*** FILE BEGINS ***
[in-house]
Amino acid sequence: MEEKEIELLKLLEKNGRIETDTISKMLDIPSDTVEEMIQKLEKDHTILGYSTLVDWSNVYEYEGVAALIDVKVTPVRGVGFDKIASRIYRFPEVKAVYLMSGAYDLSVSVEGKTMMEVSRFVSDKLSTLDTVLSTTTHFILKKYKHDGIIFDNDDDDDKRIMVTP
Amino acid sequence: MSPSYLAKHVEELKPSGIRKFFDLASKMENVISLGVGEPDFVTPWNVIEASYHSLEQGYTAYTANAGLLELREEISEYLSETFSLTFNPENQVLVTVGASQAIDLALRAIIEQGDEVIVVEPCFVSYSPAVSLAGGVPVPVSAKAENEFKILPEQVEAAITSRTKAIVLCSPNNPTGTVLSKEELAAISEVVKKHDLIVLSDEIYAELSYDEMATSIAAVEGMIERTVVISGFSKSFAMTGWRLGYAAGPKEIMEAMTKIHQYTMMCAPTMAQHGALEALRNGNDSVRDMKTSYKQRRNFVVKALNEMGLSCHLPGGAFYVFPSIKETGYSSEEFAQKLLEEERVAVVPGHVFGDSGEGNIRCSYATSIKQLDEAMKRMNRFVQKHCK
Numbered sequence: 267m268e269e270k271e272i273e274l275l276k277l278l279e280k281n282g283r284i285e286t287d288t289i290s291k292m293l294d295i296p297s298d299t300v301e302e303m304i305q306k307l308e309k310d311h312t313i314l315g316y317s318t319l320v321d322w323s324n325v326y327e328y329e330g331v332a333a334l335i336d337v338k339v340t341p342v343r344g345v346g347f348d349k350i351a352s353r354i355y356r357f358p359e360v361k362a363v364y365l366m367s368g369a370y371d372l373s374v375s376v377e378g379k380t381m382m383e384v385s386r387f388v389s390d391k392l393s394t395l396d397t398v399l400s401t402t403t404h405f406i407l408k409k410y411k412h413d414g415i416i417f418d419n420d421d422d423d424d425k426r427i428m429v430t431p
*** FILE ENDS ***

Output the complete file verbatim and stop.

[in-house]
Amino acid sequence: MEEKEIELLKLLEKNGRIETDTISKMLDIPSDTVEEMIQKLEKDHTILGYSTLVDWSNVYEYEGVAALIDVKVTPVRGVGFDKIASRIYRFPEVKAVYLMSGAYDLSVSVEGKTMMEVSRFVSDKLSTLDTVLSTTTHFILKKYKHDGIIFDNDDDDDKRIMVTP
Amino acid sequence: MSPSYLAKHVEELKPSGIRKFFDLASKMENVISLGVGEPDFVTPWNVIEASYHSLEQGYTAYTANAGLLELREEISEYLSETFSLTFNPENQVLVTVGASQAIDLALRAIIEQGDEVIVVEPCFVSYSPAVSLAGGVPVPVSAKAENEFKILPEQVEAAITSRTKAIVLCSPNNPTGTVLSKEELAAISEVVKKHDLIVLSDEIYAELSYDEMATSIAAVEGMIERTVVISGFSKSFAMTGWRLGYAAGPKEIMEAMTKIHQYTMMCAPTMAQHGALEALRNGNDSVRDMKTSYKQRRNFVVKALNEMGLSCHLPGGAFYVFPSIKETGYSSEEFAQKLLEEERVAVVPGHVFGDSGEGNIRCSYATSIKQLDEAMKRMNRFVQKHCK
Numbered sequence: 267m268e269e270k271e272i273e274l275l276k277l278l279e280k281n282g283r284i285e286t287d288t289i290s291k292m293l294d295i296p297s298d299t300v301e302e303m304i305q306k307l308e309k310d311h312t313i314l315g316y317s318t319l320v321d322w323s324n325v326y327e328y329e330g331v332a333a334l335i336d337v338k339v340t341p342v343r344g345v346g347f348d349k350i351a352s353r354i355y356r357f358p359e360v361k362a363v364y365l366m367s368g369a370y371d372l373s374v375s376v377e378g379k380t381m382m383e384v385s386r387f388v389s390d391k392l393s394t395l396d397t398v399l400s401t402t403t404h405f406i407l408k409k410y411k412h413d414g415i416i417f418d419n420d421d422d423d424d425k426r427i428m429v430t431p